Under various legislative acts such as the Comprehensive Environmental Response, Compensation and Liability Act (CERCLA), U.S. EPA has been charged with monitoring the levels of pesticides and other substances and in determining their effects on ecosystems and human health (1). There are now a great variety of methods for various groups of pesticides. In particular U.S. EPA Methods 531.1 (carbamates), 631 (benomyl and carbendazim), 627 (dinitroaniline), 632 (carbamate and urea) target various groups of pesticides for determination (2). Each group of compounds presents special problems and may also require different detection limits.

What is missing in considering all of these methods is a general approach to such analytes from the HPLC point of view. By this we mean an analogous methodology to that found in Methods 625 or 8270 (3) where a large number of target analytes can be screened, and the presence of nontarget compounds can be discovered. Part of the difficulty with establishing a multiresidue analytical methodology is the lack of a universal approach to LC/MS for such a diverse class of compounds

Multiresidue pesticide methods present analytical challenges in the form of great diversity of chemical structures and physical properties of the target analytes. Nevertheless, analysts have found some solutions for this complex task (4-15). Thus, with a sufficiently large subset of compounds, some fractionation of the group is probably inevitable in order to keep the separations/detections practicable.

In particular, DiCorcia and Marchetti have presented an isolation based on Carbopack SPE followed by HPLC/DAD for about 89 compounds (4, 5). Their approach divides the analytes into acidic and base/neutral fractions for determination using a C18-derivatized silica HPLC column with gradient elution. Since theirs is one of the largest subsets of compounds approached from a unified viewpoint, their work presents a possible fruitful approach to a general screening method for pesticides and other analytes by HPLC. An additional application of the overall approach is its potential use as a screening method in newer issues such as analysis for pharmaceuticals and personal care products (PPCPs) in effluent and other matrices (15-18). PPCPs constitute an emerging area of environmental research that encompasses a wide range of chemical structures and functionality at trace levels (19-20). Acidic target substances are obviously an important subset of PPCPs.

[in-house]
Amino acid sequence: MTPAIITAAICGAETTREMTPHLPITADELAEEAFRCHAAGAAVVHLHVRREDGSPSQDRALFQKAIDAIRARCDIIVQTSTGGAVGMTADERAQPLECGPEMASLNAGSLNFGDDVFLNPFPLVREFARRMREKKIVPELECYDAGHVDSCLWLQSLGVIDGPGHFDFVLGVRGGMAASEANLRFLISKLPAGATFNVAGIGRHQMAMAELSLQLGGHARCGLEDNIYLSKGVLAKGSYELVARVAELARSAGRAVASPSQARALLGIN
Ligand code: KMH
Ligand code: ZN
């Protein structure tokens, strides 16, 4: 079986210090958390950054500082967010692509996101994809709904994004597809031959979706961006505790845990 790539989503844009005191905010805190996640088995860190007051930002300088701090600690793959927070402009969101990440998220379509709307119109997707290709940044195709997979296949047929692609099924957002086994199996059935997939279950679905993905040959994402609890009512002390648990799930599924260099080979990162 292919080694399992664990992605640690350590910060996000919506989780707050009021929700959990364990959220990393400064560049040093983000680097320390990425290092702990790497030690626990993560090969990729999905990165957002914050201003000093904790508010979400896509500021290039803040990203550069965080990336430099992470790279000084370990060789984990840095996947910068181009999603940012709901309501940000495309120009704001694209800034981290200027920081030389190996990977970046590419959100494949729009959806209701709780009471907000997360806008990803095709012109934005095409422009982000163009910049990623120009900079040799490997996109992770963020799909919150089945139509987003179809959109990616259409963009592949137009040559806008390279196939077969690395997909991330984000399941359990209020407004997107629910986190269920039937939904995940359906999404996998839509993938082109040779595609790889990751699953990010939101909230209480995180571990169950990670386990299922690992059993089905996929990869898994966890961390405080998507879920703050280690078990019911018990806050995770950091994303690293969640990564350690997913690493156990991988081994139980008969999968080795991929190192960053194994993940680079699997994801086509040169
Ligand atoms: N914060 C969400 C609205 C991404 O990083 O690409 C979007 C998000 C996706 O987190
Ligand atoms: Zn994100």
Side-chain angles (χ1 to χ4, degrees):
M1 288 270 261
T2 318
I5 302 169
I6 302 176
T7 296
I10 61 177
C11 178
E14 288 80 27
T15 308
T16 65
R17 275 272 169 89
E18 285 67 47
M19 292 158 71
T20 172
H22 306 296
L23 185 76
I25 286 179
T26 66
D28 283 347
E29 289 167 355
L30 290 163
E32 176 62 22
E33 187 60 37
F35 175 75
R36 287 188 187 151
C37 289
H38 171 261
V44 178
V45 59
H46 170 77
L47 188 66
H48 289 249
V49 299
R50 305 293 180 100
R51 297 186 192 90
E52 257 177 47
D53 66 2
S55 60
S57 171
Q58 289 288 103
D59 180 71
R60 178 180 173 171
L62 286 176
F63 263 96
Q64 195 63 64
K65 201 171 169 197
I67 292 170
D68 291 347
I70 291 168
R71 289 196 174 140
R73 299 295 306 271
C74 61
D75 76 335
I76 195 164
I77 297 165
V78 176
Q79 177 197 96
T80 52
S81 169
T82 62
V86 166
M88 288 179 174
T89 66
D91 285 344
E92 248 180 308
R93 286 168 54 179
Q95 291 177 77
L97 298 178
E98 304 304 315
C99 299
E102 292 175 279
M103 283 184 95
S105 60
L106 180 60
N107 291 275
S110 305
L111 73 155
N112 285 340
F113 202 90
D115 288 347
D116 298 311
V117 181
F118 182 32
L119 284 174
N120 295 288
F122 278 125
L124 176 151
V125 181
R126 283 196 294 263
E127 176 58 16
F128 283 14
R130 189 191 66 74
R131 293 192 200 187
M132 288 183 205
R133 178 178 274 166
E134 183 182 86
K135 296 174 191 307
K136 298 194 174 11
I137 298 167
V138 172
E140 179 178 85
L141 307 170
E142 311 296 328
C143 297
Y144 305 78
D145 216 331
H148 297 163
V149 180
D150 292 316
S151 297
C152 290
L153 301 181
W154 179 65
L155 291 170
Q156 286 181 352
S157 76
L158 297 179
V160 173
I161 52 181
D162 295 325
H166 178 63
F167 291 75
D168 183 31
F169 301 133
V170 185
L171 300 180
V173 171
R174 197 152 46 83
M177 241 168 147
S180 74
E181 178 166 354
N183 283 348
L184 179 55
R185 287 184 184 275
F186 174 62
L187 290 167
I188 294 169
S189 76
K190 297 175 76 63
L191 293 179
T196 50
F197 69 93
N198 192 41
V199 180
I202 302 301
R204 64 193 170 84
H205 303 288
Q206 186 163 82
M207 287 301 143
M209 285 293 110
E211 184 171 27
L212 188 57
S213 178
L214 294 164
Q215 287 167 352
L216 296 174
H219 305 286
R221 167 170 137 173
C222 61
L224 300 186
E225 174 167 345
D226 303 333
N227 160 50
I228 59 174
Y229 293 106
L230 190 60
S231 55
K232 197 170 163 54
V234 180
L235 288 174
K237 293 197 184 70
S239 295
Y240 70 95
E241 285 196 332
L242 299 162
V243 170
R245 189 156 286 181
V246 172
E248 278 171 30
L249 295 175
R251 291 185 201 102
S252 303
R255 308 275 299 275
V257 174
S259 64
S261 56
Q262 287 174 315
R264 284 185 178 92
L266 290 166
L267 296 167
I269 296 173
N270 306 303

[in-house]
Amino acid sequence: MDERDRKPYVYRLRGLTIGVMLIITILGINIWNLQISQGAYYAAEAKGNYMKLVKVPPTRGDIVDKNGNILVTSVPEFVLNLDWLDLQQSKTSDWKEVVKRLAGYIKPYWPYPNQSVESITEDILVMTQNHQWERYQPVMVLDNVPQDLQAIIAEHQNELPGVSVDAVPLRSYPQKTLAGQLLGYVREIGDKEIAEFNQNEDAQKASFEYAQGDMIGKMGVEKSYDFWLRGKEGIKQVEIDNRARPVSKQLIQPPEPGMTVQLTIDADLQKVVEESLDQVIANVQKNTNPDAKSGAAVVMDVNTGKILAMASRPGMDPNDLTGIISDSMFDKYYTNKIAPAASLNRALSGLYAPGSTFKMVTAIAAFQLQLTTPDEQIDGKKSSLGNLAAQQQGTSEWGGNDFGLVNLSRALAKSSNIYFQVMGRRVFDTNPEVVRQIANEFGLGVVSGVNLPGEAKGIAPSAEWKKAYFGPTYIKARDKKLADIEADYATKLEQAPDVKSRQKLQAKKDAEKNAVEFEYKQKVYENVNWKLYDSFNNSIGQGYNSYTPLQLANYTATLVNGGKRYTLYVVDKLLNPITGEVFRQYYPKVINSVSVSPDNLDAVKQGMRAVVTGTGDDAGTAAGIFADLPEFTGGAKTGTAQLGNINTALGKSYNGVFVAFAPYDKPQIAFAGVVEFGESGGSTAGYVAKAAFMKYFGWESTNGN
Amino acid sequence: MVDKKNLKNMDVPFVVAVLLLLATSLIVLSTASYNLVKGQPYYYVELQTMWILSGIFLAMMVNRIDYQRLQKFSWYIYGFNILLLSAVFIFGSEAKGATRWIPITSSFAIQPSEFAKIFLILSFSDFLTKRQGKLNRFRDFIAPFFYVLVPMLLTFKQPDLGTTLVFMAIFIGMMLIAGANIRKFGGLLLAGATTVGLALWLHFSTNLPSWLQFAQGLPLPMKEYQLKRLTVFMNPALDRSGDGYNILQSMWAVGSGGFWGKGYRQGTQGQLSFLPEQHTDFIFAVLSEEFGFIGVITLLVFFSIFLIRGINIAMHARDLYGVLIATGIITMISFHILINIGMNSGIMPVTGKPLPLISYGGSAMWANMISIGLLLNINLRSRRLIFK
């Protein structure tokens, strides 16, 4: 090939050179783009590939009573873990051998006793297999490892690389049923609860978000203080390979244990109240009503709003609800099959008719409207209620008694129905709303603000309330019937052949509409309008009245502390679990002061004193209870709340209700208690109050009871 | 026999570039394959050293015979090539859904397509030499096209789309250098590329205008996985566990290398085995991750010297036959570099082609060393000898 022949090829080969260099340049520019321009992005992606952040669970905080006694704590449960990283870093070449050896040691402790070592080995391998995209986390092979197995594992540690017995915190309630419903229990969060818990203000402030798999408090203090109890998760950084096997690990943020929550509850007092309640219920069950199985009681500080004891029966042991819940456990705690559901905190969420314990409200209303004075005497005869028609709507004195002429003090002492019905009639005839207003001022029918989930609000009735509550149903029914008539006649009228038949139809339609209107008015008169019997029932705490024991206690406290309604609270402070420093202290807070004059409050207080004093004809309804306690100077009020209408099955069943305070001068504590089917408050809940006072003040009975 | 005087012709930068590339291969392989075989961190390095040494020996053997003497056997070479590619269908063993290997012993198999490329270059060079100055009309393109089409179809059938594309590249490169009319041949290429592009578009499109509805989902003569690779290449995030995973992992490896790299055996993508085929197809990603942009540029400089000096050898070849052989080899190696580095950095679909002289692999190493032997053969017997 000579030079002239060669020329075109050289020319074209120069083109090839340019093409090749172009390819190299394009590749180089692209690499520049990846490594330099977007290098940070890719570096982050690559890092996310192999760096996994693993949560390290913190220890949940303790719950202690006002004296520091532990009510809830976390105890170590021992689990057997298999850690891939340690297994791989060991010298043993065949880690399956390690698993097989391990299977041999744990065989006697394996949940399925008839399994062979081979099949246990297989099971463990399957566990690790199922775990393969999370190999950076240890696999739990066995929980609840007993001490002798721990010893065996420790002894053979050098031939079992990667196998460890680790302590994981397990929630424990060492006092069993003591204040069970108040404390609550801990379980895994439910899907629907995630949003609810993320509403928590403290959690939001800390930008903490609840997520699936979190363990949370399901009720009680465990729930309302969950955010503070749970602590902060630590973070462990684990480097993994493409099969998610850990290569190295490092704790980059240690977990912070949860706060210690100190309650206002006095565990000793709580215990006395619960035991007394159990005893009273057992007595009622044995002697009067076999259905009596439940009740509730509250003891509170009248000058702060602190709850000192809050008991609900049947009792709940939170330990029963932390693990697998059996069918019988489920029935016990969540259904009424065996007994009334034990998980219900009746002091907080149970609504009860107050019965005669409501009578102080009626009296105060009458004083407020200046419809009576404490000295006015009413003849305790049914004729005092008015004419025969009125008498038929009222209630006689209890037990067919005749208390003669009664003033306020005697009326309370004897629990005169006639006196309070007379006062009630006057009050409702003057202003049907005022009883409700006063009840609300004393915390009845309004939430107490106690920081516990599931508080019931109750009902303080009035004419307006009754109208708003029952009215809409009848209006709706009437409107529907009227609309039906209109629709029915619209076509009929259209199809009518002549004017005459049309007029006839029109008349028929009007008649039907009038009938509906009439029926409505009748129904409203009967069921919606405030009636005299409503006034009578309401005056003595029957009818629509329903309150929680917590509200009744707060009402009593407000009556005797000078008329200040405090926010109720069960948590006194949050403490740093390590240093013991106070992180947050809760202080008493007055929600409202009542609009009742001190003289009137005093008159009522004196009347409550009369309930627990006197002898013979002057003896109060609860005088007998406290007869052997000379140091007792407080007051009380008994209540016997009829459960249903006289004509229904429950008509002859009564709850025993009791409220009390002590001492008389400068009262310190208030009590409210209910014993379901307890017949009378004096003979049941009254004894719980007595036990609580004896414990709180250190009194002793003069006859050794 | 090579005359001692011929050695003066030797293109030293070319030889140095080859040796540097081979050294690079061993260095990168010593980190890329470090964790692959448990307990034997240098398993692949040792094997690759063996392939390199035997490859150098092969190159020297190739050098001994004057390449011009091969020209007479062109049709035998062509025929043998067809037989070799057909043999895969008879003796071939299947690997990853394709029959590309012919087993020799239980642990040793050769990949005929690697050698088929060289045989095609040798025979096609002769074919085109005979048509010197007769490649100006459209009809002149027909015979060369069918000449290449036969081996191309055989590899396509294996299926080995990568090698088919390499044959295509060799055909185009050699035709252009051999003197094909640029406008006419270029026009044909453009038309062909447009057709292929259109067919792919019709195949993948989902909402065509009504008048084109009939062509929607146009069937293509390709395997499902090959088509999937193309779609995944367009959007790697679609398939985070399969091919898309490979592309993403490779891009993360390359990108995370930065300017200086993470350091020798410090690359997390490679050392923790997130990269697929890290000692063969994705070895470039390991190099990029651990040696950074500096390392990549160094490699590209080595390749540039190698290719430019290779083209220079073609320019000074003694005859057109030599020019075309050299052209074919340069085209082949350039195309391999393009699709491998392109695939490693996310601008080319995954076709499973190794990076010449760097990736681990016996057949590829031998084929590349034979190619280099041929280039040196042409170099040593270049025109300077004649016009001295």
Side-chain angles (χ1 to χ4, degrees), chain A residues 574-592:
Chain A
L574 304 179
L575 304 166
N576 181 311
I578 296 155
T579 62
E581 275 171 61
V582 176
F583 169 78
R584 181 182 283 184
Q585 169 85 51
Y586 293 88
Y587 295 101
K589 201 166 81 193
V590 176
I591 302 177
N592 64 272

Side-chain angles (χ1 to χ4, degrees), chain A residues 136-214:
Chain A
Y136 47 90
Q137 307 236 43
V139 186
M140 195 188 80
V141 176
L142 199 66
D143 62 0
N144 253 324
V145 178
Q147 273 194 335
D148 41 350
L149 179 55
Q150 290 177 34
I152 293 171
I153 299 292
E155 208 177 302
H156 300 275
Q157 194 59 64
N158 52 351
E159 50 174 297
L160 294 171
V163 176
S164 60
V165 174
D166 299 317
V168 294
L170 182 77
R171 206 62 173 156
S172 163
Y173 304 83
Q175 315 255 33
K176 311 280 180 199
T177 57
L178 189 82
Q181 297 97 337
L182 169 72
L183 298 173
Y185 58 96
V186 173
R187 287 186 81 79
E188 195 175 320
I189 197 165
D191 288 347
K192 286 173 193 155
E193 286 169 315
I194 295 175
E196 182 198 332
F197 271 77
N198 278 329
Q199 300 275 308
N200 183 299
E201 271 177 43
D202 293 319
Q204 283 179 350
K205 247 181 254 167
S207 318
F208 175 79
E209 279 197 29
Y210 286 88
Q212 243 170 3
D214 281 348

In addition to quantitation and qualitative identification by HPLC/DAD, a confirmatory approach is often based on a complementary separation in HPLC or is based on either GC/MS or LC/MS for greater specificity. For acidic analytes, diazomethane is often chosen to enable gas chromatographic separation of esters or other methylation products where volatility or chromatography is aided by derivatization. Trimethylsilyldiazomethane has been proposed as a safer and more convenient reagent for the derivatization (21-22).